Sea Ice, Ice Drift, and Oceanic Circulation

Thomas, David N.; Cottier, Finlo R. and Brandon, Mark A. (2017). Sea Ice, Ice Drift, and Oceanic Circulation. In: Richardson, Douglas; Castree, Noel; Goodchild, Michael F.; Kobayashi, Audrey; Liu, Weidong and Marston, Richard A. eds. The International Encyclopedia of Geography: People, the Earth, Environment and Technology. Oxford, UK: John Wiley & Sons, Ltd.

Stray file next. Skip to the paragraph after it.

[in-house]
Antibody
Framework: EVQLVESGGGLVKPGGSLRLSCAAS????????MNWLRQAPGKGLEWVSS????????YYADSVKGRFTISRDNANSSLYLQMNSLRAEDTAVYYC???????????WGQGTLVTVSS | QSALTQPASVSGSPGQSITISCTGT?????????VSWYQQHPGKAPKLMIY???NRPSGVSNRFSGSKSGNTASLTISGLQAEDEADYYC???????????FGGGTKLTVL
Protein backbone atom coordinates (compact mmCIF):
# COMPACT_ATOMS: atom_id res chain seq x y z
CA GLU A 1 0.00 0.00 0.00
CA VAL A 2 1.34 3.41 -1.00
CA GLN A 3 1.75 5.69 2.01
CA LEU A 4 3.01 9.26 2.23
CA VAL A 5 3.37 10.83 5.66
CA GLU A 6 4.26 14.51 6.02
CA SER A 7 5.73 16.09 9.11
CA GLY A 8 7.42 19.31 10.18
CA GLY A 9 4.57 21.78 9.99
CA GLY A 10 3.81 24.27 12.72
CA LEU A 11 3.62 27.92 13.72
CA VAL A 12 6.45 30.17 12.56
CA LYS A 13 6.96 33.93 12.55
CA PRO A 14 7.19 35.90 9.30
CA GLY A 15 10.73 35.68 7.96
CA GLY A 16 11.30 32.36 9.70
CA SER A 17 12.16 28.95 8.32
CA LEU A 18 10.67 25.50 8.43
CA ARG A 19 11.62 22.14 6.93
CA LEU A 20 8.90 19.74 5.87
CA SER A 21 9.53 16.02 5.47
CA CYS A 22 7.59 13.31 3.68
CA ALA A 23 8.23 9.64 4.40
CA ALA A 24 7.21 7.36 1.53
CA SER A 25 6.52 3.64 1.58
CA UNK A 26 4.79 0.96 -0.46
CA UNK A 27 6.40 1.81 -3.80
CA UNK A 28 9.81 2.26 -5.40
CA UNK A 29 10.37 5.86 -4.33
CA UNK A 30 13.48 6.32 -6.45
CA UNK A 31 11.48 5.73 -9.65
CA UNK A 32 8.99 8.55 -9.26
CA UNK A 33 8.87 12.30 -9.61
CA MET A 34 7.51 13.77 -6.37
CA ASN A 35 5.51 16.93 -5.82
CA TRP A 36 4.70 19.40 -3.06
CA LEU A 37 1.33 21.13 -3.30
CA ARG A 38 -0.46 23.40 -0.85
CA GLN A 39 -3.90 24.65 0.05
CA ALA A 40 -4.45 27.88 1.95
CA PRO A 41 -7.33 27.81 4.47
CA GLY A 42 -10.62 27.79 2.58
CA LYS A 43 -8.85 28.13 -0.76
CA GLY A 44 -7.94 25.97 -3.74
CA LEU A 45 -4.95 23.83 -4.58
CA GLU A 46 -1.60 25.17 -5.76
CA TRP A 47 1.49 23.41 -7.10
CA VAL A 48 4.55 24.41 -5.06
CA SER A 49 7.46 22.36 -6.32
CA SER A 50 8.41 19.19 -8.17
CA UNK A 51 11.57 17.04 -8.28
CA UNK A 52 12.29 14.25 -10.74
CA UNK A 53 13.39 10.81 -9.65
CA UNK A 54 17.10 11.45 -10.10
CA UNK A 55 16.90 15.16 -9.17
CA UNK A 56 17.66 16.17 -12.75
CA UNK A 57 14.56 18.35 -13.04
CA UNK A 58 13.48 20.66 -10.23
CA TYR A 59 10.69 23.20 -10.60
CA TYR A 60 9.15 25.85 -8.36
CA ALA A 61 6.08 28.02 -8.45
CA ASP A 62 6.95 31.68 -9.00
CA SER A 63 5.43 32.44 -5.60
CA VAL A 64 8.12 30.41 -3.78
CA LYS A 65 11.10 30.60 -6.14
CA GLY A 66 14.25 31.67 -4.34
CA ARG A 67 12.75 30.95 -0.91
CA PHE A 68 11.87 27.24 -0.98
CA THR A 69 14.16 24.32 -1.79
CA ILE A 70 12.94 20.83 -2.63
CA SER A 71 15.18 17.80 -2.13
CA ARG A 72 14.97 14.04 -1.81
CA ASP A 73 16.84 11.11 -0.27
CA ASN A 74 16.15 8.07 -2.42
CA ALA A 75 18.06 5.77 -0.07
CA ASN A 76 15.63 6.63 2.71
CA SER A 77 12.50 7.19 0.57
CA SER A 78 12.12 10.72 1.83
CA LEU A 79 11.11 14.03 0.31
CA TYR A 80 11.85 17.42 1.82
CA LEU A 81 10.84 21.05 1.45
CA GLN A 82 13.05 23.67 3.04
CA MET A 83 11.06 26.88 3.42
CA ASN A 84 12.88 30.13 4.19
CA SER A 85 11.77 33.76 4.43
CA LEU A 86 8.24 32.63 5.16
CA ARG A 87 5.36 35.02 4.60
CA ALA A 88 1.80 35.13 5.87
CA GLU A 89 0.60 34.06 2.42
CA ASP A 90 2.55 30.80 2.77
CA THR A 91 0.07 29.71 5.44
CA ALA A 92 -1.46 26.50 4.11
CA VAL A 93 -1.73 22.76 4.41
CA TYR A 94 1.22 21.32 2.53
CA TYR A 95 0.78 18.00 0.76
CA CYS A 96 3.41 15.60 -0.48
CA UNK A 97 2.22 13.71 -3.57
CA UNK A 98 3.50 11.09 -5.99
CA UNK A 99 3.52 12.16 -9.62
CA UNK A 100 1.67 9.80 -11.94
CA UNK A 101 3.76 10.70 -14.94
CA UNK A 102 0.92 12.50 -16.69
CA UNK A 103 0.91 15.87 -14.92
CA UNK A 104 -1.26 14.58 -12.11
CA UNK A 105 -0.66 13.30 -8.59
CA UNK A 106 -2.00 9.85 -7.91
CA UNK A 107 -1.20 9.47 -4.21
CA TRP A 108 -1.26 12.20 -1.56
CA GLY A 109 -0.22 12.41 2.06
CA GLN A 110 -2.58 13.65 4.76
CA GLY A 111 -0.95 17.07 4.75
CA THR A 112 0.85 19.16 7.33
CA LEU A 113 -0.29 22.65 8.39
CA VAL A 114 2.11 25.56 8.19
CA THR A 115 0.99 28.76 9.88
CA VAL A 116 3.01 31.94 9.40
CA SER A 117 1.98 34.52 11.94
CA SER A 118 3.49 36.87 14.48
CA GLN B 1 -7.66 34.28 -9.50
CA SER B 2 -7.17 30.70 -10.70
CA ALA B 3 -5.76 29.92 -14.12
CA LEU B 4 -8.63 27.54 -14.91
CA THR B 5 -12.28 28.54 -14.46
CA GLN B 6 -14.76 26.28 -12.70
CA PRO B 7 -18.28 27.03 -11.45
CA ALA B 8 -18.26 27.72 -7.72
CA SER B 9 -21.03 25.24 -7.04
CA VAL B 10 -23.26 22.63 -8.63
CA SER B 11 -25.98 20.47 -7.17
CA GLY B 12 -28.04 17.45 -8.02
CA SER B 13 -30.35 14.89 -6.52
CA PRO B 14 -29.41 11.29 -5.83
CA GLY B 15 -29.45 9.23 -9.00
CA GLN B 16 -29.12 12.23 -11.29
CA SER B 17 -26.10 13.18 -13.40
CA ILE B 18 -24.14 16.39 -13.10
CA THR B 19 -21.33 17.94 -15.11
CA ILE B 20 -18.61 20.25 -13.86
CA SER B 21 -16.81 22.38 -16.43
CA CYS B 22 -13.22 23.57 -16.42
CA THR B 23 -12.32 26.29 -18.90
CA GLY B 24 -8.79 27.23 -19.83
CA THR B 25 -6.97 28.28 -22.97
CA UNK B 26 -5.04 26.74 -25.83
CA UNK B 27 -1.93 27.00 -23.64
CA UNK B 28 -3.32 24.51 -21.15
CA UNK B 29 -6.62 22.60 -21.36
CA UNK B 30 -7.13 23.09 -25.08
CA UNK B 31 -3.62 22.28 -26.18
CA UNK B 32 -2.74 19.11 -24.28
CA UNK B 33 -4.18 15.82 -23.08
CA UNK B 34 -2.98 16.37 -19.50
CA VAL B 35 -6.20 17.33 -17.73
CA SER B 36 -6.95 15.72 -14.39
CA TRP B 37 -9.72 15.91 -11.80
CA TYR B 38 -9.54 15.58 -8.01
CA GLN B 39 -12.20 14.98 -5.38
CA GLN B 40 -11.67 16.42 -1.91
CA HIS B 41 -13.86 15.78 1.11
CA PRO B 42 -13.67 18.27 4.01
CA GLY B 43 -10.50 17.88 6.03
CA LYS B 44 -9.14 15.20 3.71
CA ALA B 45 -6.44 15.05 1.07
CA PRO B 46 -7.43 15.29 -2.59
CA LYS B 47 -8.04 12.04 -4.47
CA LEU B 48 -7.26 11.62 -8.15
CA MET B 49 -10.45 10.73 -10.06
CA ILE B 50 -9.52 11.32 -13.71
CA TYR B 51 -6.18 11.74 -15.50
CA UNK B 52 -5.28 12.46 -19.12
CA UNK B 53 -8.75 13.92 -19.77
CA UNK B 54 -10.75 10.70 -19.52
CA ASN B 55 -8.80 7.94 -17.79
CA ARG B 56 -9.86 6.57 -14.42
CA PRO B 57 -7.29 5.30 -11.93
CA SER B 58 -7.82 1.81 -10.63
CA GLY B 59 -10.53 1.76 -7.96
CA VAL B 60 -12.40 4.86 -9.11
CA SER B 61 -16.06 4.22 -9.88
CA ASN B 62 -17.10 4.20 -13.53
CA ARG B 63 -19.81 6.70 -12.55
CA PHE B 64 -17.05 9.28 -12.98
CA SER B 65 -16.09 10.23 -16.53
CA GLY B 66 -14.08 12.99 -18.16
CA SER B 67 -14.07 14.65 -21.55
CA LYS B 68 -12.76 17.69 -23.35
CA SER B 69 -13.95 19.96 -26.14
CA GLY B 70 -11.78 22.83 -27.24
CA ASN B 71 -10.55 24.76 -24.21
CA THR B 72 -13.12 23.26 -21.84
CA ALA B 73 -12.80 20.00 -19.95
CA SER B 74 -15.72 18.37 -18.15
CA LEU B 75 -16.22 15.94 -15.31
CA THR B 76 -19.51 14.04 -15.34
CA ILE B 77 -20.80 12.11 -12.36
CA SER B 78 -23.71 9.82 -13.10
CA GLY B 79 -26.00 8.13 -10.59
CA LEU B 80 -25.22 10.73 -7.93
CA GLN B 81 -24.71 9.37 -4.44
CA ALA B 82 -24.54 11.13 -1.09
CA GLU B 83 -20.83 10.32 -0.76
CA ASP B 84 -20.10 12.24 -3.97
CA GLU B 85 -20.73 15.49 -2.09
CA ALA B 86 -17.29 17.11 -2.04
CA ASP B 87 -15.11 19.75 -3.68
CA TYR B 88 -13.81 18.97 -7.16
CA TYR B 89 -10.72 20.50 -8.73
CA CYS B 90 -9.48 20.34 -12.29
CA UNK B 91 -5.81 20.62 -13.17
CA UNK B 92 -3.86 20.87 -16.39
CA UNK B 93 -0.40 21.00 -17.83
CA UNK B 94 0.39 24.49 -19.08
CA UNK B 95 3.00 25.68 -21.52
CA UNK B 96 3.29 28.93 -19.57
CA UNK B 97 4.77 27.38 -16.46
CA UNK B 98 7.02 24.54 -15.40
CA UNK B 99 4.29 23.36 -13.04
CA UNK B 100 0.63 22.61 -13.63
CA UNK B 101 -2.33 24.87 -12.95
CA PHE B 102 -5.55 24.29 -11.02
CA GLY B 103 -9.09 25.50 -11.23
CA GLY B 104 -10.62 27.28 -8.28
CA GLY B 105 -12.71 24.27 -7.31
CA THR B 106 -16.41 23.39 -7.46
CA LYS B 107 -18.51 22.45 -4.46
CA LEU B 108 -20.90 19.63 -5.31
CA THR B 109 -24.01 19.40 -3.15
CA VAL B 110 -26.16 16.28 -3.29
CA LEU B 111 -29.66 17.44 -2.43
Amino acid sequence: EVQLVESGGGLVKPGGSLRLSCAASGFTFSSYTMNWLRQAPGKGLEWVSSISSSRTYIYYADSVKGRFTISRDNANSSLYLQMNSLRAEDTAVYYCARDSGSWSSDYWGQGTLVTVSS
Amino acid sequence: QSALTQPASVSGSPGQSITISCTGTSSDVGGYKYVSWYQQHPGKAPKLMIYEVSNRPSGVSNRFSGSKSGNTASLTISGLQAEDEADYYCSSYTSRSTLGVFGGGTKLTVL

The episodic freezing over of the surface waters is arguably the most striking feature of the Southern and Arctic Oceans as well as some subarctic oceans such as the Baltic and Okhotsk Seas. Millions of square kilometers are covered by ephemeral layers of ice that are on average less than 1 m thick. This pack ice is highly dynamic, drifting on the underlying ocean currents, and its distribution is greatly influenced by prevailing winds. The ice is not simply an impervious layer of frozen water, but does in fact provide a variety of habitats to create a productive biome which is pertinent in the biogeochemical processes in the surface waters and at the air–ocean interface.

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